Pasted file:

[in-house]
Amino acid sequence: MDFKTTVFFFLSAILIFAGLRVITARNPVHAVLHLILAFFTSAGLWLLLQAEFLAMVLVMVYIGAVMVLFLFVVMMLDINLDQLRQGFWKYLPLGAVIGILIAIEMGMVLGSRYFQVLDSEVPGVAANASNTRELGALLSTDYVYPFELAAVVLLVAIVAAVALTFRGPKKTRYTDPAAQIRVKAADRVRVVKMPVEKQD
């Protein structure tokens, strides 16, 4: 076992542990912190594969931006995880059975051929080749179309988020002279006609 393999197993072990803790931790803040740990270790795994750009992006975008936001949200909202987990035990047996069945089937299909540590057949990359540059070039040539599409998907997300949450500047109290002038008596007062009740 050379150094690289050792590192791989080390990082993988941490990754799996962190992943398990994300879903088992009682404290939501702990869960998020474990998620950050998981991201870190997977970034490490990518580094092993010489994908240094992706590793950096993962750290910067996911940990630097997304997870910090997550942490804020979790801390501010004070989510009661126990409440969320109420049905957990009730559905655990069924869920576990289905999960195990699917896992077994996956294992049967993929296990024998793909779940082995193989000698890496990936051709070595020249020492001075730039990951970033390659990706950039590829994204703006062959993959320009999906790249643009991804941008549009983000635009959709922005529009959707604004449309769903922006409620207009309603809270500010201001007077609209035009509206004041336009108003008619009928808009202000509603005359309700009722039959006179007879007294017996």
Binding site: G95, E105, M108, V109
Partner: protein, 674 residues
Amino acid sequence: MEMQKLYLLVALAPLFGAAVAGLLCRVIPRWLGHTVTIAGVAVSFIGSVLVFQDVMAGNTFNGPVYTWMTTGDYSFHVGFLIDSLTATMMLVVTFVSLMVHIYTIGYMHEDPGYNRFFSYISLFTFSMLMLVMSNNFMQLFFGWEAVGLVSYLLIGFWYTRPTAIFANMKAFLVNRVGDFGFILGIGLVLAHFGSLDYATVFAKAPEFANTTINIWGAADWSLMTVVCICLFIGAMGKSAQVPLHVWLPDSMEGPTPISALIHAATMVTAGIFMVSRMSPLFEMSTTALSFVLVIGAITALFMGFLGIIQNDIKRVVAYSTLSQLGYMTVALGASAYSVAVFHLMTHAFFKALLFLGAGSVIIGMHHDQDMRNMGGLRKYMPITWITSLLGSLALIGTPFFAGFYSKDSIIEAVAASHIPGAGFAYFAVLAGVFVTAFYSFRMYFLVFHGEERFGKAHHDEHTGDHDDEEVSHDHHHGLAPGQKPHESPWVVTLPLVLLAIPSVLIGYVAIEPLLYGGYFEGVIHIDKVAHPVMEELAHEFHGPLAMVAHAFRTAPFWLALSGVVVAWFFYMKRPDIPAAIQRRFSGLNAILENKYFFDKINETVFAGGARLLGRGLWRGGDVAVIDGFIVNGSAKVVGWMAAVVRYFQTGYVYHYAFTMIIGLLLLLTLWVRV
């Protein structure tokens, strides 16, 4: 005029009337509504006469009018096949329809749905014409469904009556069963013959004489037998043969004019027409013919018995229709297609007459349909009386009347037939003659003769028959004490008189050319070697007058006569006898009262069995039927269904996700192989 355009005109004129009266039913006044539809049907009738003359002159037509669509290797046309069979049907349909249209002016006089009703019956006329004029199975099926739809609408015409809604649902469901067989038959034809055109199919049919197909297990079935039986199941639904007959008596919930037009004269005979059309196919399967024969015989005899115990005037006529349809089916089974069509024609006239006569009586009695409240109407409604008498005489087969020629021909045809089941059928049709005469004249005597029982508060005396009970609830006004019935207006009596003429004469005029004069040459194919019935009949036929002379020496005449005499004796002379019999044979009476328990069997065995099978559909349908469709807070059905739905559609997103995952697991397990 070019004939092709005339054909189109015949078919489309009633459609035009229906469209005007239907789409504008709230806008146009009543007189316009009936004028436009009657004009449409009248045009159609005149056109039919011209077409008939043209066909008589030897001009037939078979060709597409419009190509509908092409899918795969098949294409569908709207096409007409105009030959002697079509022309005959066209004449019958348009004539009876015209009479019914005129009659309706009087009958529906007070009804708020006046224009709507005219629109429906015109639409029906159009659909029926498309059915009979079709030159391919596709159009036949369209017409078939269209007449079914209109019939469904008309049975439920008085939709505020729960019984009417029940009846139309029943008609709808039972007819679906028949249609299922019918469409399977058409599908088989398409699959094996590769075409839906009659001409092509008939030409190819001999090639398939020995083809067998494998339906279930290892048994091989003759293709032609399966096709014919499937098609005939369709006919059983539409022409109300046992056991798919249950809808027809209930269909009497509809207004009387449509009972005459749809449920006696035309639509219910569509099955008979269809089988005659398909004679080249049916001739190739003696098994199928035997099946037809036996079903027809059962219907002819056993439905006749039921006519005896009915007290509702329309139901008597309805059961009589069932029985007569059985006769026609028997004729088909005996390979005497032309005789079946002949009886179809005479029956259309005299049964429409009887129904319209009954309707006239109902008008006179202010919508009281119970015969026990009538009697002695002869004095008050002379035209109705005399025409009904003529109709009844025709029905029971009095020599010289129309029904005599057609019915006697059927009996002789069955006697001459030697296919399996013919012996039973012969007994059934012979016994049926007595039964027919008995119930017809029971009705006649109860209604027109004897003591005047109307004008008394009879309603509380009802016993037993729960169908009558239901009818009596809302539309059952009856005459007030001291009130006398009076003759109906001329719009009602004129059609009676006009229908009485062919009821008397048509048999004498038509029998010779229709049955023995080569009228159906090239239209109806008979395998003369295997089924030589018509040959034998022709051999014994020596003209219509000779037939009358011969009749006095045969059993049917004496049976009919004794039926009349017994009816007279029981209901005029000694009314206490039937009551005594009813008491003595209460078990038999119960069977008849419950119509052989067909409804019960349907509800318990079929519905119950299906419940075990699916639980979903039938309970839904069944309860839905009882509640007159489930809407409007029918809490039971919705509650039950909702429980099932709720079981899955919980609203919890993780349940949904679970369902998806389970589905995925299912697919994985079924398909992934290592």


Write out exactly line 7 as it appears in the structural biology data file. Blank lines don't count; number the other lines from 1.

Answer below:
């Protein structure tokens, strides 16, 4: 005029009337509504006469009018096949329809749905014409469904009556069963013959004489037998043969004019027409013919018995229709297609007459349909009386009347037939003659003769028959004490008189050319070697007058006569006898009262069995039927269904996700192989 355009005109004129009266039913006044539809049907009738003359002159037509669509290797046309069979049907349909249209002016006089009703019956006329004029199975099926739809609408015409809604649902469901067989038959034809055109199919049919197909297990079935039986199941639904007959008596919930037009004269005979059309196919399967024969015989005899115990005037006529349809089916089974069509024609006239006569009586009695409240109407409604008498005489087969020629021909045809089941059928049709005469004249005597029982508060005396009970609830006004019935207006009596003429004469005029004069040459194919019935009949036929002379020496005449005499004796002379019999044979009476328990069997065995099978559909349908469709807070059905739905559609997103995952697991397990 070019004939092709005339054909189109015949078919489309009633459609035009229906469209005007239907789409504008709230806008146009009543007189316009009936004028436009009657004009449409009248045009159609005149056109039919011209077409008939043209066909008589030897001009037939078979060709597409419009190509509908092409899918795969098949294409569908709207096409007409105009030959002697079509022309005959066209004449019958348009004539009876015209009479019914005129009659309706009087009958529906007070009804708020006046224009709507005219629109429906015109639409029906159009659909029926498309059915009979079709030159391919596709159009036949369209017409078939269209007449079914209109019939469904008309049975439920008085939709505020729960019984009417029940009846139309029943008609709808039972007819679906028949249609299922019918469409399977058409599908088989398409699959094996590769075409839906009659001409092509008939030409190819001999090639398939020995083809067998494998339906279930290892048994091989003759293709032609399966096709014919499937098609005939369709006919059983539409022409109300046992056991798919249950809808027809209930269909009497509809207004009387449509009972005459749809449920006696035309639509219910569509099955008979269809089988005659398909004679080249049916001739190739003696098994199928035997099946037809036996079903027809059962219907002819056993439905006749039921006519005896009915007290509702329309139901008597309805059961009589069932029985007569059985006769026609028997004729088909005996390979005497032309005789079946002949009886179809005479029956259309005299049964429409009887129904319209009954309707006239109902008008006179202010919508009281119970015969026990009538009697002695002869004095008050002379035209109705005399025409009904003529109709009844025709029905029971009095020599010289129309029904005599057609019915006697059927009996002789069955006697001459030697296919399996013919012996039973012969007994059934012979016994049926007595039964027919008995119930017809029971009705006649109860209604027109004897003591005047109307004008008394009879309603509380009802016993037993729960169908009558239901009818009596809302539309059952009856005459007030001291009130006398009076003759109906001329719009009602004129059609009676006009229908009485062919009821008397048509048999004498038509029998010779229709049955023995080569009228159906090239239209109806008979395998003369295997089924030589018509040959034998022709051999014994020596003209219509000779037939009358011969009749006095045969059993049917004496049976009919004794039926009349017994009816007279029981209901005029000694009314206490039937009551005594009813008491003595209460078990038999119960069977008849419950119509052989067909409804019960349907509800318990079929519905119950299906419940075990699916639980979903039938309970839904069944309860839905009882509640007159489930809407409007029918809490039971919705509650039950909702429980099932709720079981899955919980609203919890993780349940949904679970369902998806389970589905995925299912697919994985079924398909992934290592």